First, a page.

Carrot, Stick or Nudges: Testing the effectiveness of Plastic Bag Compliance Behavior in Islamabad, Pakistan

Last registered on January 31, 2024


Trial Information

General Information

Carrot, Stick or Nudges: Testing the effectiveness of Plastic Bag Compliance Behavior in Islamabad, Pakistan
Initial registration date
January 28, 2024

Initial registration date is when the trial was registered.

It corresponds to when the registration was submitted to the Registry to be reviewed for publication.

First published
January 31, 2024, 11:55 AM EST

First published corresponds to when the trial was first made public on the Registry after being reviewed.



Primary Investigator

COMSATS University Islamabad

Other Primary Investigator(s)

PI Affiliation
COMSATS University Islamabad, Lahore Campus
PI Affiliation
COMSATS University Islamabad, Lahore Campus

Additional Trial Information

On going
Start date
End date
Secondary IDs
Prior work
This trial does not extend or rely on any prior RCTs.
The use of plastic bags is one of the major urban planning challenges in Pakistan. Despite the ban in few locations in Pakistan, the consumption of single-use plastic bags is still widespread. Existing evidence suggests that monitoring and enforcement generate deterrence effects, but there are limits to such deterrence, and deterrence itself cannot fully explain all patterns of compliance behavior. Further research is needed to identify additional tools to ensure compliance with environmental regulations.

Shaping the compliance behavior needs both regulatory measures and more innovative information-dissemination-based approaches. One such approach is nudging --- a promising new policy tool, which is relatively less costly, less aggressive, and more effective. The literal meaning of nudging is to coax or gently encourage someone to do something. Nudge interventions can be very effective in an environment of weak enforcement of laws (as is generally the case in Pakistan), which explains why many governments have turned to nudge policy to influence people’s behavior. However, little is known about how to nudge environmental behavior, specifically, how to influence plastic bag consumption behavior in the retail markets in Pakistan.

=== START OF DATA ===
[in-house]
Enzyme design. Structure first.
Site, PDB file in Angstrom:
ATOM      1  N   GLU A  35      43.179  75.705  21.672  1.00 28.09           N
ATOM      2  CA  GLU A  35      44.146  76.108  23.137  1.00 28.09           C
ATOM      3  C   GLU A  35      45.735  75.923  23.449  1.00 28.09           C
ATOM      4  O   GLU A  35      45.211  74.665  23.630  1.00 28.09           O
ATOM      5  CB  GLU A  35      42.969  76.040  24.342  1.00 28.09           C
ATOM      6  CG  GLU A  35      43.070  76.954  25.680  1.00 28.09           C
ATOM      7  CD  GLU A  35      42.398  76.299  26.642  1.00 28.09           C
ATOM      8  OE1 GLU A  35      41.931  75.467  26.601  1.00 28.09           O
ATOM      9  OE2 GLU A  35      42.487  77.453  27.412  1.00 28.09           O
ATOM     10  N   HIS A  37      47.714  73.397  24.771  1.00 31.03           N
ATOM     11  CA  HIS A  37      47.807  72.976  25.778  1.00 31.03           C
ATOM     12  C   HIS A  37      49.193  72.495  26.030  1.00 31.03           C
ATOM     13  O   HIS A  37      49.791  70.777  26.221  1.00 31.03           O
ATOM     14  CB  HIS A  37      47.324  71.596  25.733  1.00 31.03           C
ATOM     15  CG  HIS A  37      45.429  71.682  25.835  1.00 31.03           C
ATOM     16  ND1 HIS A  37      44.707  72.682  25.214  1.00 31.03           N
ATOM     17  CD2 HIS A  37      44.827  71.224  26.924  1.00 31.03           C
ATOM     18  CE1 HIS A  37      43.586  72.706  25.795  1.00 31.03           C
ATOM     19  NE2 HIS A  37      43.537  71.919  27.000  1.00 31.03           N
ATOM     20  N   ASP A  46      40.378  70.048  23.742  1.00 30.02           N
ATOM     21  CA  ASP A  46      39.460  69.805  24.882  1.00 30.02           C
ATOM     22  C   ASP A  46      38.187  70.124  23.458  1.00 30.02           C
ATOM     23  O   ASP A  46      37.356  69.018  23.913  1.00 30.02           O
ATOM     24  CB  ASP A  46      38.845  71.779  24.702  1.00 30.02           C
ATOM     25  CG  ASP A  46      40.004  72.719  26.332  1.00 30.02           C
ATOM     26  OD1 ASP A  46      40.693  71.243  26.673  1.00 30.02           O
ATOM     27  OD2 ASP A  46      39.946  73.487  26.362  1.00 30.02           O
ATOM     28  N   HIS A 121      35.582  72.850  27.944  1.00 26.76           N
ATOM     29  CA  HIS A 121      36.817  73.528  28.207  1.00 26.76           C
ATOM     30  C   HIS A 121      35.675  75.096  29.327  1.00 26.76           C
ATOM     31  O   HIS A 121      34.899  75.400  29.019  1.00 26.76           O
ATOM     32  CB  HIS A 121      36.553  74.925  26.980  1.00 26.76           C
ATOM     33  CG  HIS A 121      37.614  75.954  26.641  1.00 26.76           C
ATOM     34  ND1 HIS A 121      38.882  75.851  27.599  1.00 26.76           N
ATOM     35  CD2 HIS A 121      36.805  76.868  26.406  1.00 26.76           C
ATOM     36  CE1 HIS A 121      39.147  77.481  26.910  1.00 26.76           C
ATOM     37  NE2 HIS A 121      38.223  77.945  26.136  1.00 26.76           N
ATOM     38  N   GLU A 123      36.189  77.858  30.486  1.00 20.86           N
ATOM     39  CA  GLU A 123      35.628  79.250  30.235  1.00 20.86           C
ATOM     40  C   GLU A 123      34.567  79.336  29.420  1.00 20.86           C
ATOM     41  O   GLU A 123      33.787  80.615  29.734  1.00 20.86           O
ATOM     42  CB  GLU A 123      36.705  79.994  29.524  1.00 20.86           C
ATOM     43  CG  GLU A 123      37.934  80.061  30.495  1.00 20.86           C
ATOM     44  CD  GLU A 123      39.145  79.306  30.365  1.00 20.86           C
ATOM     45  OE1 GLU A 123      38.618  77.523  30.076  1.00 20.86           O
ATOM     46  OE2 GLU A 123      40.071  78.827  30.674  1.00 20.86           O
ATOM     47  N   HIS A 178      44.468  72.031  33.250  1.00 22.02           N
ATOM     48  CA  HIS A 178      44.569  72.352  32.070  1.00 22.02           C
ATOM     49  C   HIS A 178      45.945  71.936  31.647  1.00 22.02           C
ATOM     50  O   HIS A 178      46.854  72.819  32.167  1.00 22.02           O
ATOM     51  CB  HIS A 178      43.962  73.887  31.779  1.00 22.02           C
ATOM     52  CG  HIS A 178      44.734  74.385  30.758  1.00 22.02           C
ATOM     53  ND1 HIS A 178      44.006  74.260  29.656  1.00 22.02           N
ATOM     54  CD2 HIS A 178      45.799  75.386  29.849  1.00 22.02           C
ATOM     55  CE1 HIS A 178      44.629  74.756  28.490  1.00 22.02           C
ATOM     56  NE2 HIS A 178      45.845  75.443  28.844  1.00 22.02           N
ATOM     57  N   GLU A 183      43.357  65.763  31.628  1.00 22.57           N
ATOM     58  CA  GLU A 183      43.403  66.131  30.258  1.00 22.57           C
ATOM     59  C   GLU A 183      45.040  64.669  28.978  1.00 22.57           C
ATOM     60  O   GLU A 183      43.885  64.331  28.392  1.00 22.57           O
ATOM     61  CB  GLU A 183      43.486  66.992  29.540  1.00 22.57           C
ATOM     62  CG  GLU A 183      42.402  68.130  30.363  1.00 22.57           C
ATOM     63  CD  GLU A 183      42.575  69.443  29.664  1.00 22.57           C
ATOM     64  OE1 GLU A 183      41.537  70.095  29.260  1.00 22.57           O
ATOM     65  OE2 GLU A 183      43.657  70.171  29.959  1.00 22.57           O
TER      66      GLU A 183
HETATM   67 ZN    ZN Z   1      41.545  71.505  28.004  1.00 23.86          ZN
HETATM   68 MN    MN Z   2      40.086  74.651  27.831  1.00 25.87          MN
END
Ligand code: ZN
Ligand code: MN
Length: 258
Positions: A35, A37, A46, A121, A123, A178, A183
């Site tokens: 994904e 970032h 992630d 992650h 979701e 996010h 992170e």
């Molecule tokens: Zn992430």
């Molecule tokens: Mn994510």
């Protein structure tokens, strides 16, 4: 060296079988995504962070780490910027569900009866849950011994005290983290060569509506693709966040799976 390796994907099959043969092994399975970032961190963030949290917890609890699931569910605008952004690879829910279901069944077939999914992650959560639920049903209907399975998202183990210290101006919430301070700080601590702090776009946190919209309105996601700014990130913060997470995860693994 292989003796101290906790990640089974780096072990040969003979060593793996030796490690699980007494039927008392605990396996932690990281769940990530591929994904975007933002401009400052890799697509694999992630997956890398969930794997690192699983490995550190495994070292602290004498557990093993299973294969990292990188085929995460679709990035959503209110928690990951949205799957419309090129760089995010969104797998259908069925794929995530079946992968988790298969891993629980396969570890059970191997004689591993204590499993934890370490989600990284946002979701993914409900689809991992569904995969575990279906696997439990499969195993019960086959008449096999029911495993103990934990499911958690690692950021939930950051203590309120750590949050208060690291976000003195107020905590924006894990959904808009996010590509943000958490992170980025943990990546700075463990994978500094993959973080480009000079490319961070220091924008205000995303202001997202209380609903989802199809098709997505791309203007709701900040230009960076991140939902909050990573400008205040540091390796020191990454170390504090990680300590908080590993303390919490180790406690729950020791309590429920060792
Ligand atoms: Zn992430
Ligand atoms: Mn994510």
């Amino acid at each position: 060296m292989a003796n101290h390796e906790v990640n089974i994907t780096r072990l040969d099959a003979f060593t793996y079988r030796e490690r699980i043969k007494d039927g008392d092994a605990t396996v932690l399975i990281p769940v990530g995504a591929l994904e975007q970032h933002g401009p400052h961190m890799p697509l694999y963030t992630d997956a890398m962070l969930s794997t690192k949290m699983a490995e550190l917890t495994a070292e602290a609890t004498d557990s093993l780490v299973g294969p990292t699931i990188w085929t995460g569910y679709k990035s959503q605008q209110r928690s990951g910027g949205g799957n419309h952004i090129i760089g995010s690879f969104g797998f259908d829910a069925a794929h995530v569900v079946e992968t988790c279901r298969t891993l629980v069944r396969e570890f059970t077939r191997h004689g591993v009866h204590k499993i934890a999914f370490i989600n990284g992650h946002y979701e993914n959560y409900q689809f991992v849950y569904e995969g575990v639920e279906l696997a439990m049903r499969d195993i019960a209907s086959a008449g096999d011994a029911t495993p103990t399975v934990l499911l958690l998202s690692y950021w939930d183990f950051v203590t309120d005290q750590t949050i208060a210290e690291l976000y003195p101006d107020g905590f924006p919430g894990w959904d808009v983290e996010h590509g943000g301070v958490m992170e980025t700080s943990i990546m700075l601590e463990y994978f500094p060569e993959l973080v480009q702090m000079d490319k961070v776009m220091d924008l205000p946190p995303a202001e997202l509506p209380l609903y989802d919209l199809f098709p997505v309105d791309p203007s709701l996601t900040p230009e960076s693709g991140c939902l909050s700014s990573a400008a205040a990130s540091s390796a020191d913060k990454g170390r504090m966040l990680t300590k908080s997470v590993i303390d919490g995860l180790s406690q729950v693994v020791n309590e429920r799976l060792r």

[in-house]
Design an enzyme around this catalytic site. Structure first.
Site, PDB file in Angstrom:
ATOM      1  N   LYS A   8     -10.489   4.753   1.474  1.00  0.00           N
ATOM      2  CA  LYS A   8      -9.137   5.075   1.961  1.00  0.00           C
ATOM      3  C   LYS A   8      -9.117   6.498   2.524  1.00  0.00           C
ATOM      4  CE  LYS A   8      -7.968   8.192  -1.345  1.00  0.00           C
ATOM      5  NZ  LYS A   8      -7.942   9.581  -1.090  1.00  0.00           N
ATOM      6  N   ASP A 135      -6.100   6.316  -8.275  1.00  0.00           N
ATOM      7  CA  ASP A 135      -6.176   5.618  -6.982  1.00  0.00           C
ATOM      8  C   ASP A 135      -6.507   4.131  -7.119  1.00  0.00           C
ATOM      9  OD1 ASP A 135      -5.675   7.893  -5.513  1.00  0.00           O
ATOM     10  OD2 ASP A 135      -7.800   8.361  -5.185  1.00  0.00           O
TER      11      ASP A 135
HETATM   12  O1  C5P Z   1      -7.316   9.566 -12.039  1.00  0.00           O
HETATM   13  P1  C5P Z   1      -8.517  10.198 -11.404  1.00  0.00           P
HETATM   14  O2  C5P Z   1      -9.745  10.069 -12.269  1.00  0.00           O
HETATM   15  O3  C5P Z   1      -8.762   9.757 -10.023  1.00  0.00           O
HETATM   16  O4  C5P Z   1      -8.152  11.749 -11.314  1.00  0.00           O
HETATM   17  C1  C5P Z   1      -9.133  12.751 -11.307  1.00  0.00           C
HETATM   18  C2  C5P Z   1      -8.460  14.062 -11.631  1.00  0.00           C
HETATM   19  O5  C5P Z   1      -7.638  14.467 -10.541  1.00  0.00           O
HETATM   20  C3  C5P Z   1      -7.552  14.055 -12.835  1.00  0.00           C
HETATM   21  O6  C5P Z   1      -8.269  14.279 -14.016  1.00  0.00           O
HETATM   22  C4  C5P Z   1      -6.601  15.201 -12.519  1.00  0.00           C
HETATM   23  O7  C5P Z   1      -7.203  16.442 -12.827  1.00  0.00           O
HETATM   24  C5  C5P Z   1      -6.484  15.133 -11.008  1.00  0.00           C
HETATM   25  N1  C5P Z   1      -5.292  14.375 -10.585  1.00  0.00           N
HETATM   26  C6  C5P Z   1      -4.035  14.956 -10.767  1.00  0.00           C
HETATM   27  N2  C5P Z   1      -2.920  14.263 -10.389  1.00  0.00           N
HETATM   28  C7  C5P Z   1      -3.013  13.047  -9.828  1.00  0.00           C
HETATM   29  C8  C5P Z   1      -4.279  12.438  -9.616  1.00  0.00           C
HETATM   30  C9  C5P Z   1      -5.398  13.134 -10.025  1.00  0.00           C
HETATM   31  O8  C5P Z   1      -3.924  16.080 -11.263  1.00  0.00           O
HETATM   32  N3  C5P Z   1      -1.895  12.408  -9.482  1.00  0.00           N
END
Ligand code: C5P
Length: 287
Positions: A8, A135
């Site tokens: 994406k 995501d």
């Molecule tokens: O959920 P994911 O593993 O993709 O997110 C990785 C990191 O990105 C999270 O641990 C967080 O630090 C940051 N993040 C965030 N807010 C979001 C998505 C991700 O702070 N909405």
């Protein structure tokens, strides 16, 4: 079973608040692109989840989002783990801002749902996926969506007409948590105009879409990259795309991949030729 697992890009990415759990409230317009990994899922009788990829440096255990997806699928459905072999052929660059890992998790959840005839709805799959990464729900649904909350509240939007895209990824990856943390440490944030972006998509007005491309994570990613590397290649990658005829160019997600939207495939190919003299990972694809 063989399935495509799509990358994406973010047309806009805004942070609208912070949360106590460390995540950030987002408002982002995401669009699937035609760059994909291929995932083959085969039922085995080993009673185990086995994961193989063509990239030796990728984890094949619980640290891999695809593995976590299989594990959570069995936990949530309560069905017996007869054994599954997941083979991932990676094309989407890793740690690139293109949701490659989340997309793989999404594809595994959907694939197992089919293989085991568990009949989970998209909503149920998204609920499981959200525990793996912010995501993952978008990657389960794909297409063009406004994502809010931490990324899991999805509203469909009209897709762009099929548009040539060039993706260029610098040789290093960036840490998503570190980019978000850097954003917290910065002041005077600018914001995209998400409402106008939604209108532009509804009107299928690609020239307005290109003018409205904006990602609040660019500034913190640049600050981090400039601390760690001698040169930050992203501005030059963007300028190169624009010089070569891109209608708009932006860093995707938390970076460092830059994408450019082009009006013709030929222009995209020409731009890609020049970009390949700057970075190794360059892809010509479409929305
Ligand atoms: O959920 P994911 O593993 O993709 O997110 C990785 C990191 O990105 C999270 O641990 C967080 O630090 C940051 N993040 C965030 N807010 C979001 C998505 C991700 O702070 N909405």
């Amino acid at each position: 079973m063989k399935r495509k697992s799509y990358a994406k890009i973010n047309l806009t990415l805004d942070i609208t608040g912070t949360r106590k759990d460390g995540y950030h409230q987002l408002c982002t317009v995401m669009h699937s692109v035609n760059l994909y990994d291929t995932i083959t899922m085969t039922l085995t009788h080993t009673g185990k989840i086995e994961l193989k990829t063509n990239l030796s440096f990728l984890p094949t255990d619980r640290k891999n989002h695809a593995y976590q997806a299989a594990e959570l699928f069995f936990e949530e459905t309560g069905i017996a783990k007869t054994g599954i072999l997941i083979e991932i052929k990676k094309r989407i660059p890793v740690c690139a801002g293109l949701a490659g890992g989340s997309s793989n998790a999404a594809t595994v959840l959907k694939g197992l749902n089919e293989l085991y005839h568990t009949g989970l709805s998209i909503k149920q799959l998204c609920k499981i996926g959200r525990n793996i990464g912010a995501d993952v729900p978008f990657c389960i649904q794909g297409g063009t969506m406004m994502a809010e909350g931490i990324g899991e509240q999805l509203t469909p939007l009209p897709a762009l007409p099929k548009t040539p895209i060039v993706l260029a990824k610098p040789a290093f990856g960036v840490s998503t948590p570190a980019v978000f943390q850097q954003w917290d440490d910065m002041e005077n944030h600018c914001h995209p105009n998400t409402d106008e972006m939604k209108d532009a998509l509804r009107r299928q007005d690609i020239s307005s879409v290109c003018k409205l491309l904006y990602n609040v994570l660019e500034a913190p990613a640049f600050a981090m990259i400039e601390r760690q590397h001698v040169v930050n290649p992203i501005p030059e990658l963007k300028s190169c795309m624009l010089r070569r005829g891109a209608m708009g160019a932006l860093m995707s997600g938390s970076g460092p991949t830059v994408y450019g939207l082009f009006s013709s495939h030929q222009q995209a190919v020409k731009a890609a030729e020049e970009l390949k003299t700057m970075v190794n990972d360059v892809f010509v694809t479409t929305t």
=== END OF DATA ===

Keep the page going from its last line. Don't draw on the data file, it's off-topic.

The scarcity of evidence on the relative effectiveness of enforcement and nudge approaches requires an analysis of the relative effectiveness of the enforcement measures and environmental nudges in generating plastic bag compliance behavior in Pakistan. To ensure that our proposed research is aligned with the best environmental practices and has maximum policy impact, we shall partner with the Environmental Protection Agency (EPA-PAK), Sustainable Development Policy Institute (SDPI), and World-Wide Fund for Nature (WWF). We shall measure the effectiveness of a series of policy interventions (regulations and nudges) on the compliance behavior of retailers in Islamabad, Pakistan. The investigation will also focus on the longitudinal aspect of the interventions. We shall analyze how long the impact of enforcement and environmental nudges lasts. We expect our experiment to reveal the extent to which sanctions and nudges affect compliance behavior. The study results will provide guidelines to the regulators to improve plastic bag users’ compliance behavior. Generating evidence regarding the effect of creating a norm in an environment of weak enforcement will be the most important contribution of this study.

The project is expected to shape environmentally sustainable behavior, facilitate the implementation of public policies, and suggest an optimal degree of enforcement and nudging to achieve required compliance behavior. The mix of academic and policy-related expertise of the research team is expected to make the proposed study technically rigorous and relevant to national needs. The project also addresses relevant considerations, especially related to sectoral collaborations and methodological ones and suggests a methodology that should yield policy relevant information. It will also help generalize the finding in other areas of Pakistan. For instance, involving the Environmental Protection Agency, SDPI, and international stakeholders such as WWF in the current project will ensure that the project’s objectives align with the national environmental policies and are informed by best practices in the developed world.